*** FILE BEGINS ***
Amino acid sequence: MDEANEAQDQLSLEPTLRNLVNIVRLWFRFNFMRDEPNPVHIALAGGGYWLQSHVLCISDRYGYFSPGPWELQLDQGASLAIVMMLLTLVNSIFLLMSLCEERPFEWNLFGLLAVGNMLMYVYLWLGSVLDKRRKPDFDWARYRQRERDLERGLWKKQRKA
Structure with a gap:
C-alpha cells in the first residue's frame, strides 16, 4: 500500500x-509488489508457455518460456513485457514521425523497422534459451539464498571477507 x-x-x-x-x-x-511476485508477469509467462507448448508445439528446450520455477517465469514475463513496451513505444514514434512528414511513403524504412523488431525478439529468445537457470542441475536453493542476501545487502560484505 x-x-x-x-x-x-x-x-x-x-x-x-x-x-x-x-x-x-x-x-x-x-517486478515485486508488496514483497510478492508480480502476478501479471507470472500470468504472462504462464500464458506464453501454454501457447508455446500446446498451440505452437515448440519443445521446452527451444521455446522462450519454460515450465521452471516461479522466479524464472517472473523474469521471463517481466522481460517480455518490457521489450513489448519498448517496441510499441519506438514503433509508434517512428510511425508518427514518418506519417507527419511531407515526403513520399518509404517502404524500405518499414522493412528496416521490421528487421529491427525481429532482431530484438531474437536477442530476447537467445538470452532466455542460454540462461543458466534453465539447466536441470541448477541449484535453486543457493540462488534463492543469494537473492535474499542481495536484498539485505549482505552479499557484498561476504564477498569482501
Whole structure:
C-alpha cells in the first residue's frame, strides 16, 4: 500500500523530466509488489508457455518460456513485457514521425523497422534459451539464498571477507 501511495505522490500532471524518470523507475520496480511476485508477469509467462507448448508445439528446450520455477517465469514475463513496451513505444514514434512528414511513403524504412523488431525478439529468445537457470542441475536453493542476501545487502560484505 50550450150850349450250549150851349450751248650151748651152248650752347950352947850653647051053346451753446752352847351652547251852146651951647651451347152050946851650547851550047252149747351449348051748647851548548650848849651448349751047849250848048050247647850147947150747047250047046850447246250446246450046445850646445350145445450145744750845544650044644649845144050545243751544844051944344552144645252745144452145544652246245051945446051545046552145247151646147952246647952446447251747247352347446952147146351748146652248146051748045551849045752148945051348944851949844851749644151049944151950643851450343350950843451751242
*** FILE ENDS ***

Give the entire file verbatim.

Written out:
Amino acid sequence: MDEANEAQDQLSLEPTLRNLVNIVRLWFRFNFMRDEPNPVHIALAGGGYWLQSHVLCISDRYGYFSPGPWELQLDQGASLAIVMMLLTLVNSIFLLMSLCEERPFEWNLFGLLAVGNMLMYVYLWLGSVLDKRRKPDFDWARYRQRERDLERGLWKKQRKA
Structure with a gap:
C-alpha cells in the first residue's frame, strides 16, 4: 500500500x-509488489508457455518460456513485457514521425523497422534459451539464498571477507 x-x-x-x-x-x-511476485508477469509467462507448448508445439528446450520455477517465469514475463513496451513505444514514434512528414511513403524504412523488431525478439529468445537457470542441475536453493542476501545487502560484505 x-x-x-x-x-x-x-x-x-x-x-x-x-x-x-x-x-x-x-x-x-x-517486478515485486508488496514483497510478492508480480502476478501479471507470472500470468504472462504462464500464458506464453501454454501457447508455446500446446498451440505452437515448440519443445521446452527451444521455446522462450519454460515450465521452471516461479522466479524464472517472473523474469521471463517481466522481460517480455518490457521489450513489448519498448517496441510499441519506438514503433509508434517512428510511425508518427514518418506519417507527419511531407515526403513520399518509404517502404524500405518499414522493412528496416521490421528487421529491427525481429532482431530484438531474437536477442530476447537467445538470452532466455542460454540462461543458466534453465539447466536441470541448477541449484535453486543457493540462488534463492543469494537473492535474499542481495536484498539485505549482505552479499557484498561476504564477498569482501
Whole structure:
C-alpha cells in the first residue's frame, strides 16, 4: 500500500523530466509488489508457455518460456513485457514521425523497422534459451539464498571477507 501511495505522490500532471524518470523507475520496480511476485508477469509467462507448448508445439528446450520455477517465469514475463513496451513505444514514434512528414511513403524504412523488431525478439529468445537457470542441475536453493542476501545487502560484505 50550450150850349450250549150851349450751248650151748651152248650752347950352947850653647051053346451753446752352847351652547251852146651951647651451347152050946851650547851550047252149747351449348051748647851548548650848849651448349751047849250848048050247647850147947150747047250047046850447246250446246450046445850646445350145445450145744750845544650044644649845144050545243751544844051944344552144645252745144452145544652246245051945446051545046552145247151646147952246647952446447251747247352347446952147146351748146652248146051748045551849045752148945051348944851949844851749644151049944151950643851450343350950843451751242